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Plants use steroids to accumulate ‘winter fat’ fro frost protection

Plants cannot move to warmer places, therefore, they have to adapt to freezing temperatures. However, not all plants are able to do so, which causes a huge headache to millions of farmers around the globe. Now scientists from the Technical University Munich and the University of Nottingham have showed that brassinosteroids increase the resistance of plants against frost.

This tiny delicate plant became a research object for this study, because of its simple and undemanding nature. Image credit: Alberto Salguero Quiles via Wikimedia, CC BY-SA 3.0

This tiny delicate plant became a research object for this study, because of its simple and undemanding nature. Image credit: Alberto Salguero Quiles via Wikimedia, CC BY-SA 3.0

In a previous study scientists showed how common thale cress (Arabidopsis thaliana) shows improved plant growth when brassinosteroids are used. They were first identified back in 1979, but up until now scientists did not know how they work exactly. Now scientists started looking at the common thale cress and brassinosteroids again, but this time they want to see how plant adapts itself to freezing temperatures. The plant is perfect for the research: it is simple, undemanding, small and naturally can withstand low temperatures.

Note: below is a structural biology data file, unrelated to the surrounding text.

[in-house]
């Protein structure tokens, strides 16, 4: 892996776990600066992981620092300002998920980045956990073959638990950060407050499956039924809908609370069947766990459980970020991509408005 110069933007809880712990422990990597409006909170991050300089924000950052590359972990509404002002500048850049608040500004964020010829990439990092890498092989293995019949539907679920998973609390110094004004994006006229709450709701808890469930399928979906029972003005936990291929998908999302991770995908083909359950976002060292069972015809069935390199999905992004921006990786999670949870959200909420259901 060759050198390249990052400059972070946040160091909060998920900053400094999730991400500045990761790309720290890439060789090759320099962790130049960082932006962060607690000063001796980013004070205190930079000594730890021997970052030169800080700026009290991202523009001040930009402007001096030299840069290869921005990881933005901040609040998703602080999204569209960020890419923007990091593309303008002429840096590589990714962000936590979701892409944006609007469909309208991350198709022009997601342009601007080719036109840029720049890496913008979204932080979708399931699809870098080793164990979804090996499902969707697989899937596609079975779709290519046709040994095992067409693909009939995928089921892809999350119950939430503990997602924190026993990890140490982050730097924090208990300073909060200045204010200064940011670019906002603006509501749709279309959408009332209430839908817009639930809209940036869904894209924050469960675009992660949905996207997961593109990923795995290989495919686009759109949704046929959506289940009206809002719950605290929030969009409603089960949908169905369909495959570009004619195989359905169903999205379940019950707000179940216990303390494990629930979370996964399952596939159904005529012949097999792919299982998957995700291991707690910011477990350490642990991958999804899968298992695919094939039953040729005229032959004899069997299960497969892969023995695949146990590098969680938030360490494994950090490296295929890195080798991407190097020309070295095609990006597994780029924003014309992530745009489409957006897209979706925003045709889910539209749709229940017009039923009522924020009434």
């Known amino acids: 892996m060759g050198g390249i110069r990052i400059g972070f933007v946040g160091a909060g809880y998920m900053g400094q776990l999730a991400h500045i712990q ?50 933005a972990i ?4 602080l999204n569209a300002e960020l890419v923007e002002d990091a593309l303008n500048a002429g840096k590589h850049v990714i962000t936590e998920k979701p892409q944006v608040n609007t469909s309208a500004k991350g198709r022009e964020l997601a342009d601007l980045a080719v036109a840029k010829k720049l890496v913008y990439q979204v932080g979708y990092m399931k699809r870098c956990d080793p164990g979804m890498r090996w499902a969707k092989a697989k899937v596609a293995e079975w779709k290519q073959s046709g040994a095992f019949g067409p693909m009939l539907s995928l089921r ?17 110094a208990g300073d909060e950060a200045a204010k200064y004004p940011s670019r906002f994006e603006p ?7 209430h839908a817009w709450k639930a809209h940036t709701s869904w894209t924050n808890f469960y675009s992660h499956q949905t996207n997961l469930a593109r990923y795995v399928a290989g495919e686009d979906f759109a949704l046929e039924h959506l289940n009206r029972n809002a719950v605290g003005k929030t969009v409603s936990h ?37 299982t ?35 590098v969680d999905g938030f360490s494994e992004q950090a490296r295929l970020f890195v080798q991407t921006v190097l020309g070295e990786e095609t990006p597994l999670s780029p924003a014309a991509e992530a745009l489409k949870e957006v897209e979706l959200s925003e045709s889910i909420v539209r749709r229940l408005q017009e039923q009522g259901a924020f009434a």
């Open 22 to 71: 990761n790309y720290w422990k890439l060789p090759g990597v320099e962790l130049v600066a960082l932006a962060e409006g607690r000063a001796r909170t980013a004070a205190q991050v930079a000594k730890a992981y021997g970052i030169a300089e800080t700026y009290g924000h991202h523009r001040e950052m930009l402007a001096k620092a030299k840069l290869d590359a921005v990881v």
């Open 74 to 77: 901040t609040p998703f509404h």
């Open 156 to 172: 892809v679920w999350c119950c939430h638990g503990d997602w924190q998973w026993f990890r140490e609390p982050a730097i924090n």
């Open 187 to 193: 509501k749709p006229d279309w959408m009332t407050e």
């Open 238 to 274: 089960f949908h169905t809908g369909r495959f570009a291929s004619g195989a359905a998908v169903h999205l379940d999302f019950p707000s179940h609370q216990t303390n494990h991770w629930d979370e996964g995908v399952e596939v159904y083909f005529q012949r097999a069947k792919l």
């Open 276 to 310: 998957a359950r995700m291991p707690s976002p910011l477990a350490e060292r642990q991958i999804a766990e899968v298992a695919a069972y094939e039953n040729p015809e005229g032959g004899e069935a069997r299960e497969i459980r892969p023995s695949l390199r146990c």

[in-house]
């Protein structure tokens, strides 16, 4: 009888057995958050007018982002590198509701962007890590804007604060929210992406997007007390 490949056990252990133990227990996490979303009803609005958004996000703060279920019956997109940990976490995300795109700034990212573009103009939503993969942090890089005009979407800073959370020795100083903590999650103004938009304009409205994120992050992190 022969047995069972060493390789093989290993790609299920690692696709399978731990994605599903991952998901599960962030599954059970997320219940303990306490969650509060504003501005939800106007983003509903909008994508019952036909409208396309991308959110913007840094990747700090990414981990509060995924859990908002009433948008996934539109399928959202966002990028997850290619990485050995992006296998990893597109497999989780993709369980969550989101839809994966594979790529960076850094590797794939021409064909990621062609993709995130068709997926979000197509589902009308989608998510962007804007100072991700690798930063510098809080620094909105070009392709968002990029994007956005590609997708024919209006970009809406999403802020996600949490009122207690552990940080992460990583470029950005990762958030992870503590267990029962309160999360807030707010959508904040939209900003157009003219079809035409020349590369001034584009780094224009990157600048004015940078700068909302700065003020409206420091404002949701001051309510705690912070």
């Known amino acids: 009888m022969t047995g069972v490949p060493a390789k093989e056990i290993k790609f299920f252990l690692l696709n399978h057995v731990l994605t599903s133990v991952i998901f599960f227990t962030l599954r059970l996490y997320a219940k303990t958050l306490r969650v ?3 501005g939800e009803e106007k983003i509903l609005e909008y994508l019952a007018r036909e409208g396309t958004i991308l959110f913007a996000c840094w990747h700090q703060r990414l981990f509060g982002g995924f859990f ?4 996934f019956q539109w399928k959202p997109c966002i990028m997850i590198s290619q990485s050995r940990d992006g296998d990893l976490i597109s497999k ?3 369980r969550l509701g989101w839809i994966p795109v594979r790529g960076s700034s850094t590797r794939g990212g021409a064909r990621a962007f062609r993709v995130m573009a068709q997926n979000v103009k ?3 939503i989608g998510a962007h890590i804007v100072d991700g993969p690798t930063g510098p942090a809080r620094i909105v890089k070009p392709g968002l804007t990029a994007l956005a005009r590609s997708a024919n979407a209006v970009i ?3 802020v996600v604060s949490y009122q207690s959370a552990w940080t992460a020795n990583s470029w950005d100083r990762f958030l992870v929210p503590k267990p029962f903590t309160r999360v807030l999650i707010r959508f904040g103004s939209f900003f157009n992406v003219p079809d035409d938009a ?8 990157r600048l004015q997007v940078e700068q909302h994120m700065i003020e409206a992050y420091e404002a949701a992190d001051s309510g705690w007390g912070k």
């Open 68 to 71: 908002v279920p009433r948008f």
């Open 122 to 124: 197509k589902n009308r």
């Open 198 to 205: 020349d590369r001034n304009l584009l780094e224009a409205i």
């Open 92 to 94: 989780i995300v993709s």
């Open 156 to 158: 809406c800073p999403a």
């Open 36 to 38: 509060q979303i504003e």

This research allowed scientists to discover and describe another effect of brassinosteroids, which were known as growth hormones only. Scientists exposed the plants to slowly decreasing temperatures. At first scientists noticed that the plant reduces its growth by changing the expression of genes for which DNA is transcribed to RNA within its cells. However, when plant is modified not to synthesize brassinosteroids, it could not withstand temperatures as low as the wild type. Scientists found that brassinosteroids regulate a specific protein, which controls the gene expression. It allows the plant to store some ‘winter fat’ on a molecular level, which protects it from the cold damage.

Although these results are interesting as they are, scientists say that they are very useful in the light of climate change. It is because frosts happen less predictably and at unexpected times, which causes significant harvest losses. Brigitte Poppenberger, one of the authors of the study, said: “our discovery that brassinosteroids boost both growth and cold resistance will open up new possibilities for bringing out both characteristics in plants”. In fact, a simple yet effective strategy could be simply spraying brassinosteroids on plants to protect them from frost.

Climate change is going to cause some huge problems for agriculture around the globe. And it is this kind of researches that are providing hope that even at the critical times there will still be possibilities to produce needed goods.

Source: tum.de